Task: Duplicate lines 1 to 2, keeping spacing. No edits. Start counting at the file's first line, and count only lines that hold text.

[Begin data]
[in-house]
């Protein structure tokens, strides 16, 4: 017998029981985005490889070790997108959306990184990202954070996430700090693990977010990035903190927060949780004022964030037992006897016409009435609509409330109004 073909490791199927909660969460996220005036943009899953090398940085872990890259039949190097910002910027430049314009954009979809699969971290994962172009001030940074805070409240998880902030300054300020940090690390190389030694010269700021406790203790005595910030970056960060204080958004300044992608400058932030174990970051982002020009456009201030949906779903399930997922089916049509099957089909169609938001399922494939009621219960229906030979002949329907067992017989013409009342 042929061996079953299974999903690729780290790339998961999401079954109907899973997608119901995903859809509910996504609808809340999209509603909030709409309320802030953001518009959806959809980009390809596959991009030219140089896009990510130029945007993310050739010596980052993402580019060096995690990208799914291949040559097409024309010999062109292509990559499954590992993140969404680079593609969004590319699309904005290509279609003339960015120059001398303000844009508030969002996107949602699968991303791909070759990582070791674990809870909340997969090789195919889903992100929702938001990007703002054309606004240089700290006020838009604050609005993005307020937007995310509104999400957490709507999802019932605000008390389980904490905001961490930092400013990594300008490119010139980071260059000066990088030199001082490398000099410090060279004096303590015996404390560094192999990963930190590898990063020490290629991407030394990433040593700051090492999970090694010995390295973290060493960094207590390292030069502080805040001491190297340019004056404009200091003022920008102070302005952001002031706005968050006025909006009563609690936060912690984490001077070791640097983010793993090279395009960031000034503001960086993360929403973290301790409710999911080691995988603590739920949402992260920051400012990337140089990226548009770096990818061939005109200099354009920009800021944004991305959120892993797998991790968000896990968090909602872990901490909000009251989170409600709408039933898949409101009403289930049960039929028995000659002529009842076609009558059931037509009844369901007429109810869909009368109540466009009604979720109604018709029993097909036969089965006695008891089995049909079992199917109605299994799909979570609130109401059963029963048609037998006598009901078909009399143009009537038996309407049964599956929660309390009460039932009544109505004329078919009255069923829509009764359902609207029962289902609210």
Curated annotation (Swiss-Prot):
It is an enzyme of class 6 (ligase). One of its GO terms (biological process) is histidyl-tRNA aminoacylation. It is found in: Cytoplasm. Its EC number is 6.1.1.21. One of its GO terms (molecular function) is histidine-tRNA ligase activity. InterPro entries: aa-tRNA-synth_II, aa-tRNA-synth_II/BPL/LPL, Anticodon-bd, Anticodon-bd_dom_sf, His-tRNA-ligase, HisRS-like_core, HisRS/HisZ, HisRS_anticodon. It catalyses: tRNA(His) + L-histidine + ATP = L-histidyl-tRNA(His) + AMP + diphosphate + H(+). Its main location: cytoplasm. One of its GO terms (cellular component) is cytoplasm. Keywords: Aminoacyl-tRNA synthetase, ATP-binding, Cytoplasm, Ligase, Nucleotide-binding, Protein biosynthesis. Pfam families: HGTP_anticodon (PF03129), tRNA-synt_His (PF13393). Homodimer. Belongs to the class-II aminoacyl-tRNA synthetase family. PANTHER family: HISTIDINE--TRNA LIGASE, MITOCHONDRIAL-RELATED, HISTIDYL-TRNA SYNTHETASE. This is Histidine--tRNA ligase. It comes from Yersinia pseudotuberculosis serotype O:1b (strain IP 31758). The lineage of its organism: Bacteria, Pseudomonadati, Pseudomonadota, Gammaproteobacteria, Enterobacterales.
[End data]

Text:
[in-house]
């Protein structure tokens, strides 16, 4: 017998029981985005490889070790997108959306990184990202954070996430700090693990977010990035903190927060949780004022964030037992006897016409009435609509409330109004 073909490791199927909660969460996220005036943009899953090398940085872990890259039949190097910002910027430049314009954009979809699969971290994962172009001030940074805070409240998880902030300054300020940090690390190389030694010269700021406790203790005595910030970056960060204080958004300044992608400058932030174990970051982002020009456009201030949906779903399930997922089916049509099957089909169609938001399922494939009621219960229906030979002949329907067992017989013409009342 042929061996079953299974999903690729780290790339998961999401079954109907899973997608119901995903859809509910996504609808809340999209509603909030709409309320802030953001518009959806959809980009390809596959991009030219140089896009990510130029945007993310050739010596980052993402580019060096995690990208799914291949040559097409024309010999062109292509990559499954590992993140969404680079593609969004590319699309904005290509279609003339960015120059001398303000844009508030969002996107949602699968991303791909070759990582070791674990809870909340997969090789195919889903992100929702938001990007703002054309606004240089700290006020838009604050609005993005307020937007995310509104999400957490709507999802019932605000008390389980904490905001961490930092400013990594300008490119010139980071260059000066990088030199001082490398000099410090060279004096303590015996404390560094192999990963930190590898990063020490290629991407030394990433040593700051090492999970090694010995390295973290060493960094207590390292030069502080805040001491190297340019004056404009200091003022920008102070302005952001002031706005968050006025909006009563609690936060912690984490001077070791640097983010793993090279395009960031000034503001960086993360929403973290301790409710999911080691995988603590739920949402992260920051400012990337140089990226548009770096990818061939005109200099354009920009800021944004991305959120892993797998991790968000896990968090909602872990901490909000009251989170409600709408039933898949409101009403289930049960039929028995000659002529009842076609009558059931037509009844369901007429109810869909009368109540466009009604979720109604018709029993097909036969089965006695008891089995049909079992199917109605299994799909979570609130109401059963029963048609037998006598009901078909009399143009009537038996309407049964599956929660309390009460039932009544109505004329078919009255069923829509009764359902609207029962289902609210």